A recent white paper by William Strauss, PhD of FutureMetrics LLC, looked at a strategy that could breathe life back into the dying US coal industry, and the answer comes from an unlikely place: implementing policy to support the co-firing of wood biomass pellets (biocoal) at pulverized coal plants.
Please note: While Strauss refers to “wood pellets” in his white paper, the technically correct term for the material is biocoal. True wood pellets have a lower heating value than biocoal and would actually derate power facilities if co-fired alongside traditional coal. To be technically correct, this article will refer to the material as biocoal.
Biocoal, also commonly called “black pellets,” is a synthetic form of coal produced from biomass that looks, handles, and performs like traditional coal products. Strauss claims that policy aimed at co-firing could be the answer to the woes of the coal industry.
Why This Strategy is a Huge Win
While many are quick to blame the state of the coal industry on increasing environmental regulation, many claim that a less obvious culprit has actually been at work: low energy costs resulting from the recent glut of natural gas and oil.
These low energy costs have come at great expense to the coal industry; as power facilities switch over to low cost natural gas, demand for coal has decreased, resulting in a painful demise of plant closures, aging coal infrastructure, and major unemployment.
According to the Energy Information Administration (EIA), between 2014 and 2015, coal-generated power plummeted by a staggering 226,000 gigawatt-hours, while natural gas-generated power went up by 208,000 gigawatt-hours.
In his paper, Strauss claims that legislation in place to co-fire coal with biocoal would actually create more jobs than coal-generated power alone, and would also far exceed the number of jobs associated with natural gas; according to Strauss, a 400-MW facility that co-fires 10% biocoal has an impact of about 1,757 jobs, while coal alone only results in about 1,686. Jobs created by the extraction and pipelining of natural gas fall well below at around 576.
Strauss claims that policy supporting co-firing would create guaranteed demand for coal, helping to revitalize the downtrodden industry. But it’s not just the coal industry that would benefit from such legislation; this strategy would also reinvigorate the forest products industry with a new product stream.
The US forest products industry has shown some recovery after its decline, but it’s nowhere near its former glory, leaving many looking for a solution. As Strauss claims in his white paper, co-firing could hold the key to the revitalization.
The co-firing policy would not only result in more jobs, but it would also inject substantial investments into the manufacturing of biocoal plants, along with the related engineering, construction, and hauling needed to support the industry.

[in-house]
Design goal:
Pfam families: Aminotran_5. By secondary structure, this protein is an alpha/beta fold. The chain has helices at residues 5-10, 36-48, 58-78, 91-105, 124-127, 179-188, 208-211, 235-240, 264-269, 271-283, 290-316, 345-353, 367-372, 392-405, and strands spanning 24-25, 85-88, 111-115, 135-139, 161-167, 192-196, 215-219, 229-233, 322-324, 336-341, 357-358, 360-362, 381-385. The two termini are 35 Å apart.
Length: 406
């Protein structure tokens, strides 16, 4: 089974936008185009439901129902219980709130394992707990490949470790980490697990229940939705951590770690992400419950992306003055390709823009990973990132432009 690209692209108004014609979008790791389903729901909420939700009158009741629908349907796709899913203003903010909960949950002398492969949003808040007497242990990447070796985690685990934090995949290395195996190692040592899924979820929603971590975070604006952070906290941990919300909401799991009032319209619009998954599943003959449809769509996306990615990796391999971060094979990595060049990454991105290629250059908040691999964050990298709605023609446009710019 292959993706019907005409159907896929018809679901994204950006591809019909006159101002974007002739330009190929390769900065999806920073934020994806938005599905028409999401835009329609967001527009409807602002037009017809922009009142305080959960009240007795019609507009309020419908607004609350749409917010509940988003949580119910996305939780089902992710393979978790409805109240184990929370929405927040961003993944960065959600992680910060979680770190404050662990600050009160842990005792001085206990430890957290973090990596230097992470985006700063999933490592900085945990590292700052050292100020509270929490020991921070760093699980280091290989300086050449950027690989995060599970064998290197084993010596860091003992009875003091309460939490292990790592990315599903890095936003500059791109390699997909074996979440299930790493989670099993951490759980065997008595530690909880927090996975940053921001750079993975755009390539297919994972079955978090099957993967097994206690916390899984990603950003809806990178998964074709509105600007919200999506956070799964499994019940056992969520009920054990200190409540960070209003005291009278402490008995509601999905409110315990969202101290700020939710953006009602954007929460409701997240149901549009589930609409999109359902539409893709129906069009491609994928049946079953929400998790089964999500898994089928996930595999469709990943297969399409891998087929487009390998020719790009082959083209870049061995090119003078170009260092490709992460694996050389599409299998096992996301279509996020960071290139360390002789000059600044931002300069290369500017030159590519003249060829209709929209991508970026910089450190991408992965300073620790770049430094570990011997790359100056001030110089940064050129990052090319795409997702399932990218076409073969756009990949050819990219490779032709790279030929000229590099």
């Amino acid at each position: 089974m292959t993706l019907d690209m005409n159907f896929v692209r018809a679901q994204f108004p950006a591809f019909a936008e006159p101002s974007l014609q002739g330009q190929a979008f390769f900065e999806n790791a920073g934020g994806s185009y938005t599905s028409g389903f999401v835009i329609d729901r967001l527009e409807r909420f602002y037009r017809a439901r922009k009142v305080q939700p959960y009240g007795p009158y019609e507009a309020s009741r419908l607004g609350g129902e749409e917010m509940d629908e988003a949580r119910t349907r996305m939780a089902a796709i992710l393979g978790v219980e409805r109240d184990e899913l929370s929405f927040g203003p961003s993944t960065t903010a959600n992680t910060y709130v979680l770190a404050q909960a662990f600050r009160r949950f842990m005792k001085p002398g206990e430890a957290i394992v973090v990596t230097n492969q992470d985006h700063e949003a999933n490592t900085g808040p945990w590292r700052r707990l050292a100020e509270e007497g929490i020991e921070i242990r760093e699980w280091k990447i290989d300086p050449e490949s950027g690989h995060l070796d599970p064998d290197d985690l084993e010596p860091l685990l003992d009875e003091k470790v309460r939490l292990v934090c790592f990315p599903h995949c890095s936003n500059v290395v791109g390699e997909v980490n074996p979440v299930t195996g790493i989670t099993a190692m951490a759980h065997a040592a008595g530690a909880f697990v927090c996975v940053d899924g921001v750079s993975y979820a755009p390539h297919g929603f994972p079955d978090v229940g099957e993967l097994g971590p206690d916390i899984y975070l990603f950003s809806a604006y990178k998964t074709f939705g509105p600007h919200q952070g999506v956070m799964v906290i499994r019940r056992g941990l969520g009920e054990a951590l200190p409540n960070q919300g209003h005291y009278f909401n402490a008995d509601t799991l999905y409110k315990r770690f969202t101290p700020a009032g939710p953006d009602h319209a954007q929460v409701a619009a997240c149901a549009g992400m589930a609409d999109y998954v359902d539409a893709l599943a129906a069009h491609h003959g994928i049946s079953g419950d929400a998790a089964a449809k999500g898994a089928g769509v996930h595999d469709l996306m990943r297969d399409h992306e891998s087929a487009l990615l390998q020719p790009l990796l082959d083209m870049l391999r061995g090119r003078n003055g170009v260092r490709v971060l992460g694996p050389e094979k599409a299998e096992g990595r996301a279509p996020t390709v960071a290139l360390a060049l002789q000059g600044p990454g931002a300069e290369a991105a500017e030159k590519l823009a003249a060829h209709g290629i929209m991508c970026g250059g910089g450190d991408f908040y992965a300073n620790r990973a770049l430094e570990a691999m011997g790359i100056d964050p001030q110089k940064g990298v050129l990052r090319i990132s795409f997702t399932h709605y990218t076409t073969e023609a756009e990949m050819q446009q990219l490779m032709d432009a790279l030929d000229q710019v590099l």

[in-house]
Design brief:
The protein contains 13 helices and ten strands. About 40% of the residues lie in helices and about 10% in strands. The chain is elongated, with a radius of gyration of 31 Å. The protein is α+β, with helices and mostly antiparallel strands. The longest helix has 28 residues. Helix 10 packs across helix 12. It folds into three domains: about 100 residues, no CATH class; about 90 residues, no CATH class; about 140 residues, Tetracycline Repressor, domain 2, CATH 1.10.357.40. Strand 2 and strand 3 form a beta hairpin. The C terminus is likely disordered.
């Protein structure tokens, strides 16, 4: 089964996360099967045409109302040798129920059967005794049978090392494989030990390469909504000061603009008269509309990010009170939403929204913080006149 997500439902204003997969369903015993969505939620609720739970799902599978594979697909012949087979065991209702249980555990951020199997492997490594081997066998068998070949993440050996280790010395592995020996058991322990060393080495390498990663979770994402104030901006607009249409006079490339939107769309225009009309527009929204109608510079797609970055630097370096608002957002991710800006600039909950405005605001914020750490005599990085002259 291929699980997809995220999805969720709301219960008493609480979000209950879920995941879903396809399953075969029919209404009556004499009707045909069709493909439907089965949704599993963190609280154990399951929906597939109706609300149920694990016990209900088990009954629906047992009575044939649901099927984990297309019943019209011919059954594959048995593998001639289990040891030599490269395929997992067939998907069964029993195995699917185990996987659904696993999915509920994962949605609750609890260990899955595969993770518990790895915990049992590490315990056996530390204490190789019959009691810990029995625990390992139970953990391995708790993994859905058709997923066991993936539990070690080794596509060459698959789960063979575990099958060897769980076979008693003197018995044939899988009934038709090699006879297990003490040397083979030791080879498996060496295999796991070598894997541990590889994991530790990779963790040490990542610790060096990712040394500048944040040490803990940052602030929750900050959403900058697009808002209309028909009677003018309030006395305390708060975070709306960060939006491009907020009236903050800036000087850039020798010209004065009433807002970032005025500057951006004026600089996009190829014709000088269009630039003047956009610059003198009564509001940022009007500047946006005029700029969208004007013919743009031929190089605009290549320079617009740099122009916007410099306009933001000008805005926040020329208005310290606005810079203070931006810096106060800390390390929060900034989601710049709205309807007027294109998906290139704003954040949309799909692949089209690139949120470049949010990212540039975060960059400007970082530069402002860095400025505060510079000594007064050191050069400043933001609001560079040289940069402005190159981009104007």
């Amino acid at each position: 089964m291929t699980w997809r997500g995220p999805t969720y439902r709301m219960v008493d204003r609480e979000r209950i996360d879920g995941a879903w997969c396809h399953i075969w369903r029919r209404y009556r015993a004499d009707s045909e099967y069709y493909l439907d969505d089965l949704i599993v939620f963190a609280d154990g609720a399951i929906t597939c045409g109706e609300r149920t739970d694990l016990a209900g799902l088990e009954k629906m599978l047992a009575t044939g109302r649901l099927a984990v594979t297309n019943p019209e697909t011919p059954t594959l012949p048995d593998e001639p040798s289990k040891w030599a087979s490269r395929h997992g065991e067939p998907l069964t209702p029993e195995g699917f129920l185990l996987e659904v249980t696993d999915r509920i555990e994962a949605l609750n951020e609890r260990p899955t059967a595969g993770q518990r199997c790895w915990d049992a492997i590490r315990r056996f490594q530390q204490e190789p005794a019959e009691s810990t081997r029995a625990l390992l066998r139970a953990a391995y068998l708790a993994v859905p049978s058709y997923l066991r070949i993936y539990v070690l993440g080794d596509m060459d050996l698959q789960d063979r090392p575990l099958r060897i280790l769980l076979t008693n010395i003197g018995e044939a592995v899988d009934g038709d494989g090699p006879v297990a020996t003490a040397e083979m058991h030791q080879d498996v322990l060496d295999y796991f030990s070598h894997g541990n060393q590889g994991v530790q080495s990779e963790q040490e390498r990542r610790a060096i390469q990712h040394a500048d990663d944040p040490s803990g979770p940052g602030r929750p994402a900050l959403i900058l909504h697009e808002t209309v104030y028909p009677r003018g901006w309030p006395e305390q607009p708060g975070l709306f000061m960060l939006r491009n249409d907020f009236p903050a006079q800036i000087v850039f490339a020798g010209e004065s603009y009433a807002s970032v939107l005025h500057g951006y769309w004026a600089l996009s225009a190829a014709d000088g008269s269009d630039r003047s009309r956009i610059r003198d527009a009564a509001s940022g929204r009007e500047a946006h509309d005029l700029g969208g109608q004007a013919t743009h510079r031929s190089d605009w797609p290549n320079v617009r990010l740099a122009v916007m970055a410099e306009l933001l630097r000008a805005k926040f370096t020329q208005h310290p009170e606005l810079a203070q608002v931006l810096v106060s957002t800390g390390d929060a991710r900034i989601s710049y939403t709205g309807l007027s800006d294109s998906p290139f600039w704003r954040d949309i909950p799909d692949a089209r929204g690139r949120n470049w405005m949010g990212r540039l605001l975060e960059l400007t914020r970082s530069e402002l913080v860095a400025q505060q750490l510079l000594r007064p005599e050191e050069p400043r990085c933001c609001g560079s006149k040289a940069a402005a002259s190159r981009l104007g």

Among these benefits, Strauss claims that the approach would offer a number of other advantages as well:
- Lower capital costs over new natural gas plants
- The opportunity to use existing power plants
- Flexibility in use: can be baseload or on-demand
- Reliability with no derating
- Reduced carbon emissions
- Reduced SOx, NOx and Mercury emissions
- Decreased dependence on natural gas
Processing Biomass into Biocoal
Why not just burn the biomass source directly? While biomass can be burned directly, processing it into biocoal offers significant value over raw biomass.
Transforming biomass into biocoal serves to maximize and concentrate the heating value of the product, while also improving combustion. Biocoal is also much easier and less costly to handle and transport than raw biomass, and allows facilities to run at the same capacity without derating.
To process biomass into biocoal, residuals of the forest products industry are first dried in a rotary dryer. This reduces the moisture content and improves combustion. The dried biomass is then processed in an oxygen-free environment of an indirect-fired rotary kiln to remove the volatile components.
The resulting product, biocoal, is then typically pelleted via extrusion in order to produce a product that is easy to handle and implement alongside traditional coal products.
As the coal and forest products industries struggle, William Strauss claims that policy on co-firing would create guaranteed demand for coal, resulting in a revitalization of both industries.
As a leader in thermal processing, FEECO provides biomass dryers and complete dryer islands for reducing moisture content in biomass fuel sources. In addition, we engineer custom rotary kilns for processing biomass into biocoal, biochar, and activated carbon. For more information, contact us today!
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